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As Amazon faces Vine controversy, how can retailers ensure customers trust their product reviews?

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This week saw Amazon come under fire after it was accused of manipulating product reviews through its Vine programme.

 

Vine allows highly ranked reviewers to post opinions on new and pre-release items on the site. Participants can receive specific products for free.

 

This week Bloomberg reported that Amazon appeared to be trading free merchandise for reviews of its own products. Since the service is not available to other merchants, this would appear to be disadvantaging possible competitors.

 

The marketplace denied that it acted improperly, saying that it did not dictate which products Vine reviewers review within the programme and that they were free to select any eligible product. Amazon also said it was working to open the programme to other sellers, saying that it was only closed due to a “technical limitation.”

 

Whatever the ins and outs of this dispute, it does illuminate the fundamental problems online sellers face in benefitting from reviews while ensuring that they are credible to consumers.

 

Recent research by Feefo found that 94 percent of consumers use online reviews when looking for a product or service, but 89 percent said they were concerned about fake reviews, up from 75 percent the previous year.

 

James Dunworth, director at ECigaretteDirect, sums up the problem: “Any site that is running an internal review system is open to the accusation that it manipulates its reviews.”

 

Dunworth says that his company decided to use an external reviewing system in response to this problem.

 

“An external review system does not allow you to remove or edit reviews and increases consumer trust in the reviews,” he said.

 

Dunworth adds that this can be demonstrated to customers through the display of a recognised logo from a reputable review company. However, external reviews do require the service to be genuinely good.

 

“Some companies are worried about the possibility of getting poor reviews, but as long as your customer service is excellent, and you do everything you can to resolve issues for customers as speedily as you can, your overall score will be excellent.”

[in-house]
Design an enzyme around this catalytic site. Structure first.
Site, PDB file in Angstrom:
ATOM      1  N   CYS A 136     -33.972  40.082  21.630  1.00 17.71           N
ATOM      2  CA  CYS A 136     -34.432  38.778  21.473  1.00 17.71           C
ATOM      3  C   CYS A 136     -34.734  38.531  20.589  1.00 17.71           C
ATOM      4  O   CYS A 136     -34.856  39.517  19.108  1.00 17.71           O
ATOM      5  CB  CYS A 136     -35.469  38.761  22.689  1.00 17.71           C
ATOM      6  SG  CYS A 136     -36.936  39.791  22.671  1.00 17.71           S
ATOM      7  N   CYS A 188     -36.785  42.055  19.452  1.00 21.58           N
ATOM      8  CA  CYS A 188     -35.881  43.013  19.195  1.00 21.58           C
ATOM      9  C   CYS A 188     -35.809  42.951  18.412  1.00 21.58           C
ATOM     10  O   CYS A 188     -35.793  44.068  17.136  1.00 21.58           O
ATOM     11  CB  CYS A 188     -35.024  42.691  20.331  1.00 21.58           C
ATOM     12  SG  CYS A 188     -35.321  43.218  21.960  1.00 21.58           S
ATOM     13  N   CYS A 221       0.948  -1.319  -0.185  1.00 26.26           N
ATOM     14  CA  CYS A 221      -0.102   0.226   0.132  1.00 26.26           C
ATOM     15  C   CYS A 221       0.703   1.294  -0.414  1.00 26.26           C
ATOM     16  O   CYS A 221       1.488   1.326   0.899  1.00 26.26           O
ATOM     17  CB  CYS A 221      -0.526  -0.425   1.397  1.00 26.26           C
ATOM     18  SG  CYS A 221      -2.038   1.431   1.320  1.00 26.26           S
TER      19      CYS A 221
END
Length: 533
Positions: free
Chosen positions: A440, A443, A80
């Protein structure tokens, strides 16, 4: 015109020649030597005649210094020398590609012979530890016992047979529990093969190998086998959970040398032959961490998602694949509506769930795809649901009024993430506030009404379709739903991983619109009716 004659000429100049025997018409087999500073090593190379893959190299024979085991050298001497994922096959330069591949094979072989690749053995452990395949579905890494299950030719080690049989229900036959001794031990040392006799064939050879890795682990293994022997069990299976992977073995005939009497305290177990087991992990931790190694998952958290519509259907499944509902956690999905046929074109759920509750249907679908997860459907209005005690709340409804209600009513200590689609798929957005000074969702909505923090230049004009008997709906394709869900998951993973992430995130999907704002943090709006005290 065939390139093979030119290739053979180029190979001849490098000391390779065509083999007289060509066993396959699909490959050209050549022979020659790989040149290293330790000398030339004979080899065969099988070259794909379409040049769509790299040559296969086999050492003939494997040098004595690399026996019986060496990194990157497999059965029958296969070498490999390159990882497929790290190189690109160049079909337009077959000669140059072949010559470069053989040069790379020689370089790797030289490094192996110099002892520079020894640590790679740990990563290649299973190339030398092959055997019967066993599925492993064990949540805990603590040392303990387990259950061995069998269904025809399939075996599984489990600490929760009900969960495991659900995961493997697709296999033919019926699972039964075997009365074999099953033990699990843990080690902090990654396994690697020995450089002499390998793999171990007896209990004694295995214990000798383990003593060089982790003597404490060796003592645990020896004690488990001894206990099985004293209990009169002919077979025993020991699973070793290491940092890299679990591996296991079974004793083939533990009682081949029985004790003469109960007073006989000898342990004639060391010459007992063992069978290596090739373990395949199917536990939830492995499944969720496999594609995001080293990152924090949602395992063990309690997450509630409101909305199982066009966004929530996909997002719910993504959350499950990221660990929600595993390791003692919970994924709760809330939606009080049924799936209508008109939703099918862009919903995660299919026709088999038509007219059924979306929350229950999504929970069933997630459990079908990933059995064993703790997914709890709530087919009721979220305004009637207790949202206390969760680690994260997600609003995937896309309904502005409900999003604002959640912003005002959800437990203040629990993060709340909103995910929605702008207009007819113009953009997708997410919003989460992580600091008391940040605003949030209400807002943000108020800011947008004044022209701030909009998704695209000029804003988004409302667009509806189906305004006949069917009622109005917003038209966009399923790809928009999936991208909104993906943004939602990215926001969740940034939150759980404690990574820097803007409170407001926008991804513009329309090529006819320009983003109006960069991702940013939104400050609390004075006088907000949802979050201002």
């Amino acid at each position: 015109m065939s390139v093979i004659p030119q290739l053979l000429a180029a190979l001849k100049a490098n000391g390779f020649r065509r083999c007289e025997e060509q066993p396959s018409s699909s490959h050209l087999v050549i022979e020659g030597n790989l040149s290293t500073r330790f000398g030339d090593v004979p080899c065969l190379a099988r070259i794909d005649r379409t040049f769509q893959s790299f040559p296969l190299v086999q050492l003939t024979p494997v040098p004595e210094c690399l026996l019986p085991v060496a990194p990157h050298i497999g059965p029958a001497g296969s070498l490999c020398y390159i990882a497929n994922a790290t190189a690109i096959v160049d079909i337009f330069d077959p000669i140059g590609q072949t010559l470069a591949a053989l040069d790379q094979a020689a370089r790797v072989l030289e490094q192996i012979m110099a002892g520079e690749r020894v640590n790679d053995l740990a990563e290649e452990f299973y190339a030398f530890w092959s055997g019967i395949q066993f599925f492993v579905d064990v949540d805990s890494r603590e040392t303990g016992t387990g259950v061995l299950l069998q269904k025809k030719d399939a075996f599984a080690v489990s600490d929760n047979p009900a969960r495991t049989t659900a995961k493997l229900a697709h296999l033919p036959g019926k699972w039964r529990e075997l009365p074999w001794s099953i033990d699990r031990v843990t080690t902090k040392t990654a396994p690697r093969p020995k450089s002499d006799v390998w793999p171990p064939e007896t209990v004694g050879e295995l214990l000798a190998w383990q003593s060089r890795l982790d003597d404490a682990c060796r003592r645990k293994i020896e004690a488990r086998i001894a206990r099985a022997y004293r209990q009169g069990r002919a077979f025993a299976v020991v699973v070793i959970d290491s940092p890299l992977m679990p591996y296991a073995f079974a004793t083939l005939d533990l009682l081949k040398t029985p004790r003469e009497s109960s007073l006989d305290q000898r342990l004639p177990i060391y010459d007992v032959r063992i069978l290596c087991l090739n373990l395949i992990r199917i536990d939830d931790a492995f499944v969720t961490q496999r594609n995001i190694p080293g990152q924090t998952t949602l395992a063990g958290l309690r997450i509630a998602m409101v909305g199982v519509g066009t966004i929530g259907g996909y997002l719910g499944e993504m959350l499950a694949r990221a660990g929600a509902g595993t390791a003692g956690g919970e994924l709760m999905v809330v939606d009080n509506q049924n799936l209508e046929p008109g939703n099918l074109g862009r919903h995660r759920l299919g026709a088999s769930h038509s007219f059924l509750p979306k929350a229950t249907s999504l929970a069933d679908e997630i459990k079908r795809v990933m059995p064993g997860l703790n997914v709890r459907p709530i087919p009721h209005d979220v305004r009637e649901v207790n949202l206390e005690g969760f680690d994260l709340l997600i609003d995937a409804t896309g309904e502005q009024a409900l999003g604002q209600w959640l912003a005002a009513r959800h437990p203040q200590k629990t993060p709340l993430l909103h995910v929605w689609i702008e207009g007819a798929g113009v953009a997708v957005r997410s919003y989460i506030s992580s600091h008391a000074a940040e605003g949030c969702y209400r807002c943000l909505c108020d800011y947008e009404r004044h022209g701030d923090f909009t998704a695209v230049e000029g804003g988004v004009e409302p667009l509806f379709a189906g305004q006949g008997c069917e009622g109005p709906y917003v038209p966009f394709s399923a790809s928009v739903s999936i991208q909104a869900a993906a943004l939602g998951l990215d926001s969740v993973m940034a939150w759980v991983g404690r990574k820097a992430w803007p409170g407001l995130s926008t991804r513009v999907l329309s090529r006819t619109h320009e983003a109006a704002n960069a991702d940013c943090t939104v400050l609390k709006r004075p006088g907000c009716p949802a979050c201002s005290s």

Joe Rohrlich, general manager for EMEA at Bazaarvoice says that review manipulation “prioritises short-term gain”.

 

“By providing a framework which encourages customers to try new goods and leave more content in the form of ratings, reviews, images and comments, retailers can effectively build a platform of trust not only for the brands that they are partnered with, but also the retailer itself.

 

“Today’s consumers are increasingly digitally savvy and for the short-term gain of increased sales, the inevitable effect is a loss of authenticity and trust in the marketplace. It’s a great example for other online retailers to note and take direction from.”

 

It is not just sellers themselves who are responsible for unreliable views on their pages. Matthew O’Kane, MD of Nexus Investments, which owns stakes in a number of growing retail companies including home delivery butcher Heartier, says that B2C companies must proactively search for fake reviews from another source.

 

“[Retailers] have to be resolute in spotting fake reviews that other competitors, customers and/or investors leave on their pages, and focus on getting these removed. This can be quite acute on Ocado where new "healthy" brands are in strong competition.

 

“Many of these new brands have also received crowd-funding backing and have large numbers of supporters who are keen for them to do well, and sometimes over-keen for others to do less well.”

 

Meanwhile, Jimmy New, director of marketing at VoucherCodes.co.uk, says that retailers and sellers must resist the temptation to remove reviews which are not to their liking.

 

“Ensuring the review process remain a priority within the overall customer experience is key to success, as all businesses rely on honest customer feedback, regardless of how big or small they are,” he says.

 

“Don’t feel tempted to delete or ignore poor reviews and product flaws; there may be underlying issues that the business needs to address and feedback is key.”

 

The best strategy, he says, is for retailers to “join in the conversation with their customers early on and directly.”

 

“By engaging with your audience first-hand you can leverage reviews to their full potential and ultimately foster long-term brand loyalty.”

 

Image credit: Fotolia

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